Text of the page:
The order produced “incredulous dismay” among the forward school of the Belgian General Staff and especially in the bosom of Colonel Adelbert, President Poincaré’s personal representative. Energetic and brilliantly qualified for the offensive in war, he was “less so” for diplomatic missions, ruefully admitted the French Minister to Belgium.
“You are not going to retreat before a mere cavalry screen?” exploded Colonel Adelbert. Astounded and angry, he accused the Belgians of “abandoning” the French without warning just at “the precise moment when the French cavalry corps had appeared north of the Sambre and Meuse.” The military consequences, he said, would be grave, the moral success to the Germans great, and Brussels would be uncovered to “raids by German cavalry.” This was his appreciation of the enemy strength that two days later was to take Brussels with over a quarter of a million men. However wrong his judgment and rude his tongue, Colonel Adelbert’s anguish, from the French point of view, was understandable. Retirement to Antwerp meant that the Belgian Army would withdraw from the flank of the Allied line and break off contact with the French on the eve of the great French offensive.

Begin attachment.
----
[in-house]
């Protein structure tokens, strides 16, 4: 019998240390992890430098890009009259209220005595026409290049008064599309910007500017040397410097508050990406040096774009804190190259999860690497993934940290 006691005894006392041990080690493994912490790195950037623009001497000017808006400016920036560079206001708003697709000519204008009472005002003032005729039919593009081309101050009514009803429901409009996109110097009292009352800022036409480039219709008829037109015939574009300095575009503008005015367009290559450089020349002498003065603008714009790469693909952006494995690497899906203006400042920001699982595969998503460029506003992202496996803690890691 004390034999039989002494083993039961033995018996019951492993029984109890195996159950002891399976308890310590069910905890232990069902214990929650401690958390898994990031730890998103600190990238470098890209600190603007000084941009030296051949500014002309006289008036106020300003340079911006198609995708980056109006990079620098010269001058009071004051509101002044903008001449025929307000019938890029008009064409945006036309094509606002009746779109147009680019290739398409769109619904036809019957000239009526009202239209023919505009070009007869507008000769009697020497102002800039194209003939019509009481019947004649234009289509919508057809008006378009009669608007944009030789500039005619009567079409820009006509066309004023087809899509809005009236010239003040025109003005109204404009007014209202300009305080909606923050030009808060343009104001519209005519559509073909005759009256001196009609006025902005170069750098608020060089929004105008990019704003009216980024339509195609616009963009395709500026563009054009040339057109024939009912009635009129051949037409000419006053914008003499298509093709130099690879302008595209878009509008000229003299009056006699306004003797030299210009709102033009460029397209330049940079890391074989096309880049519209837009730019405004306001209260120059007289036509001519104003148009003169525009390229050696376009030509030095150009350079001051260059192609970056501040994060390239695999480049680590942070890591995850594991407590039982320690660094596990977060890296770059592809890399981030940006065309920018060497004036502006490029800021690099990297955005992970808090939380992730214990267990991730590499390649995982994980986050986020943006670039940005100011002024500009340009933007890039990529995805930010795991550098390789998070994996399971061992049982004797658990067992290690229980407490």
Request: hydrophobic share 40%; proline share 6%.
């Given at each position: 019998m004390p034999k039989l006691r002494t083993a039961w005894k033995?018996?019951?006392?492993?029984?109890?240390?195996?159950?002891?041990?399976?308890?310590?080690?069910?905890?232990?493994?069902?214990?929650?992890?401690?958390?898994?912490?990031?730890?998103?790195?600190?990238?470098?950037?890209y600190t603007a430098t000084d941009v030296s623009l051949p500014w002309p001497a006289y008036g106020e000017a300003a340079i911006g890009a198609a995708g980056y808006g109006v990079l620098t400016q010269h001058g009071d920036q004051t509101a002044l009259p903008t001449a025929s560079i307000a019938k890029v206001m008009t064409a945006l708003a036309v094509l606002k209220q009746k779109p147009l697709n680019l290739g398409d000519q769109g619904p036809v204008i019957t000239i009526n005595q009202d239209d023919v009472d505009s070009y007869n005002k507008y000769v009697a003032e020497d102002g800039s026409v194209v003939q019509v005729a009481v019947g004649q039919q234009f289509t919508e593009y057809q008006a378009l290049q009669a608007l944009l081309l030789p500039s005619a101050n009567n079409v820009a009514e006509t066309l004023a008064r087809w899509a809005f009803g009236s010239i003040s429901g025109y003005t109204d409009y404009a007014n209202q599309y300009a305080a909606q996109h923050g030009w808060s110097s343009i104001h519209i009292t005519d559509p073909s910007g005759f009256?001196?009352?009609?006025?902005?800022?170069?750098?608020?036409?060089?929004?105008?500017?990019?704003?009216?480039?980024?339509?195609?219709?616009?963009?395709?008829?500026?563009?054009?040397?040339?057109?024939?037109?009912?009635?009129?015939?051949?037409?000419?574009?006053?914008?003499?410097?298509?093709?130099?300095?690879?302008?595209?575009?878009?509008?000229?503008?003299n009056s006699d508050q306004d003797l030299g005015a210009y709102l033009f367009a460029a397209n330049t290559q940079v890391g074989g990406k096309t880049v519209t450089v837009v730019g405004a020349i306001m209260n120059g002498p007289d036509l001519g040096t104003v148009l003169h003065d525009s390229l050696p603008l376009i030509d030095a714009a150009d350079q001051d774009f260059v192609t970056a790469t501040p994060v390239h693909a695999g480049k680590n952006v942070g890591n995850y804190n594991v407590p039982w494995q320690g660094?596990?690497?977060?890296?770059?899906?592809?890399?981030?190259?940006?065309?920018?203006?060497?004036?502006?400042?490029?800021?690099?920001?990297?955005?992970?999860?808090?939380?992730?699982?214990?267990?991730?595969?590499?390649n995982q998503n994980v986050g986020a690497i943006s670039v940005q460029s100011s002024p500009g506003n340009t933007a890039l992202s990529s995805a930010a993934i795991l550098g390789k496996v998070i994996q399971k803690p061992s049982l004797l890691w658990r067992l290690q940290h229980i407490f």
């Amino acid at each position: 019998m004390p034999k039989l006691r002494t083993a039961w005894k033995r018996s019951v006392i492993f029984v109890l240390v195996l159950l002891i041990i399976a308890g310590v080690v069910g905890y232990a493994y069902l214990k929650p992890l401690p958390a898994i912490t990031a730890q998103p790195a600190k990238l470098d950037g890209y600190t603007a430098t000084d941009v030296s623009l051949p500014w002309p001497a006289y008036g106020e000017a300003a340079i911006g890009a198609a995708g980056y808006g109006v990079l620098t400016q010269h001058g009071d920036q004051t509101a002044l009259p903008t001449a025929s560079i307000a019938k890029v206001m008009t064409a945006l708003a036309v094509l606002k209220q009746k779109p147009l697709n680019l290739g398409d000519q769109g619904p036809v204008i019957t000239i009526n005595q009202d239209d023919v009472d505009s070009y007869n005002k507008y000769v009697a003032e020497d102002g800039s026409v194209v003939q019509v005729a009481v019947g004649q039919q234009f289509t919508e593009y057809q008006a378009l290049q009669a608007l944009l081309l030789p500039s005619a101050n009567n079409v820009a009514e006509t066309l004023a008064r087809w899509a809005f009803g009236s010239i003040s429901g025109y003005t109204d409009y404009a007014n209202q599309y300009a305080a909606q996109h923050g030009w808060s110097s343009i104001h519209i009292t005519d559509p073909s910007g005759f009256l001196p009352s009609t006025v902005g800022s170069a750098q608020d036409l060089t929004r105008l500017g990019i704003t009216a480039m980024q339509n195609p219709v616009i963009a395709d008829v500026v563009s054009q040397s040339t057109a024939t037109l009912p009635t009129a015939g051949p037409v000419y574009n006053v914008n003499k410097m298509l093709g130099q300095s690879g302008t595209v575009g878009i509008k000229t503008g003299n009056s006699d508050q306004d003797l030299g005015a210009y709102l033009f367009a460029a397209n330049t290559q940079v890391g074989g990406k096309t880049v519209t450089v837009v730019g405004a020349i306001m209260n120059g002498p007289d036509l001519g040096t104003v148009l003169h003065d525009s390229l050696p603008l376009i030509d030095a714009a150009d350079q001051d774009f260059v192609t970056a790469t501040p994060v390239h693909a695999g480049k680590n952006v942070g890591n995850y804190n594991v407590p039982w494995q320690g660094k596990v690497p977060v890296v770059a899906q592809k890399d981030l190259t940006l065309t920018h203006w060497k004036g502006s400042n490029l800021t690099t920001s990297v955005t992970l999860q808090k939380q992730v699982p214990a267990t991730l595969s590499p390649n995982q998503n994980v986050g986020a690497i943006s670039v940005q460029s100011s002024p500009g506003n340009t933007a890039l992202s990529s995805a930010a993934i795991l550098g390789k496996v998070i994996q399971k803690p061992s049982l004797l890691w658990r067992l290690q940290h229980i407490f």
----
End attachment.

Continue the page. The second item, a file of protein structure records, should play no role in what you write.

During the day of August 18 the King’s decision was changed several times in the agony of indecision between desire to save the Belgian Army from annihilation and reluctance to give up good positions just when French help might be arriving. Before the day was over the King’s dilemma was solved for him by Joffre’s Order No. 13 of that date which made it clear that the main French effort was to be made in another direction, leaving Belgium to guard the passage west of the Meuse with what assistance could be obtained from the Fifth Army and the British. King Albert hesitated no more. He reconfirmed the order for retreat to Antwerp, and that night the five Belgian divisions were disengaged from their positions on the Gette and withdrawn to the Antwerp camp, which they reached on August 20.
Joffre’s Order No. 13 was the “get ready” signal for the great offensive through the German center upon which all French hopes were set. It was addressed to the Third, Fourth, and Fifth Armies and communicated to the Belgians and British. It instructed the Third and Fourth Armies of Generals Ruffey and De Langle de Cary to prepare to attack through the Ardennes and left two alternatives open to the Fifth Army, depending upon final appreciation of German strength west of the Meuse. In one case Lanrezac was to attack northward across the Sambre “in complete liaison with the Belgian and British armies”; in the other case, supposing the enemy engaged “only a fraction of his right wing group” west of the Meuse, Lanrezac was to recross the river and support the main offensive through the Ardennes, “leaving to the Belgian and British armies the task of dealing with the German forces north of the Sambre and Meuse.”